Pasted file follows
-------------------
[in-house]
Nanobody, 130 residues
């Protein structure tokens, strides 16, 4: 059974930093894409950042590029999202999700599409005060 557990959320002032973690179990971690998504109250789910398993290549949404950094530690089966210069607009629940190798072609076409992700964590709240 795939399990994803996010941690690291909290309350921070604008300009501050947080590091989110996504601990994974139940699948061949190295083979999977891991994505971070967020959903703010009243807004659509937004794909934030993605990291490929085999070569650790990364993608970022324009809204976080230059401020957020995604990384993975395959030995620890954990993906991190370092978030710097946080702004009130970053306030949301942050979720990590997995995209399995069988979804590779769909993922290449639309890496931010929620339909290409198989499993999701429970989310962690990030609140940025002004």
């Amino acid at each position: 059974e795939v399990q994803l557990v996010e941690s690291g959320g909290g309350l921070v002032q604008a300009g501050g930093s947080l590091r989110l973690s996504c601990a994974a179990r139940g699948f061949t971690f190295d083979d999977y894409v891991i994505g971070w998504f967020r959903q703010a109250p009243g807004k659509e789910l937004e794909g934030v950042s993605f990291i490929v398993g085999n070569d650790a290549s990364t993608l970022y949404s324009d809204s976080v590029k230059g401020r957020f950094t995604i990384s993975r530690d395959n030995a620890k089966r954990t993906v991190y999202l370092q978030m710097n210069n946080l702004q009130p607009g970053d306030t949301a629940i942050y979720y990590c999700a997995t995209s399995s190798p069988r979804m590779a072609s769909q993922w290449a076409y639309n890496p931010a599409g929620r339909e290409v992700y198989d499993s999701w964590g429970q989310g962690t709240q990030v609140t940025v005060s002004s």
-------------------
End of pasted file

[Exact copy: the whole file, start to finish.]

[in-house]
Nanobody, 130 residues
């Protein structure tokens, strides 16, 4: 059974930093894409950042590029999202999700599409005060 557990959320002032973690179990971690998504109250789910398993290549949404950094530690089966210069607009629940190798072609076409992700964590709240 795939399990994803996010941690690291909290309350921070604008300009501050947080590091989110996504601990994974139940699948061949190295083979999977891991994505971070967020959903703010009243807004659509937004794909934030993605990291490929085999070569650790990364993608970022324009809204976080230059401020957020995604990384993975395959030995620890954990993906991190370092978030710097946080702004009130970053306030949301942050979720990590997995995209399995069988979804590779769909993922290449639309890496931010929620339909290409198989499993999701429970989310962690990030609140940025002004």
């Amino acid at each position: 059974e795939v399990q994803l557990v996010e941690s690291g959320g909290g309350l921070v002032q604008a300009g501050g930093s947080l590091r989110l973690s996504c601990a994974a179990r139940g699948f061949t971690f190295d083979d999977y894409v891991i994505g971070w998504f967020r959903q703010a109250p009243g807004k659509e789910l937004e794909g934030v950042s993605f990291i490929v398993g085999n070569d650790a290549s990364t993608l970022y949404s324009d809204s976080v590029k230059g401020r957020f950094t995604i990384s993975r530690d395959n030995a620890k089966r954990t993906v991190y999202l370092q978030m710097n210069n946080l702004q009130p607009g970053d306030t949301a629940i942050y979720y990590c999700a997995t995209s399995s190798p069988r979804m590779a072609s769909q993922w290449a076409y639309n890496p931010a599409g929620r339909e290409v992700y198989d499993s999701w964590g429970q989310g962690t709240q990030v609140t940025v005060s002004s």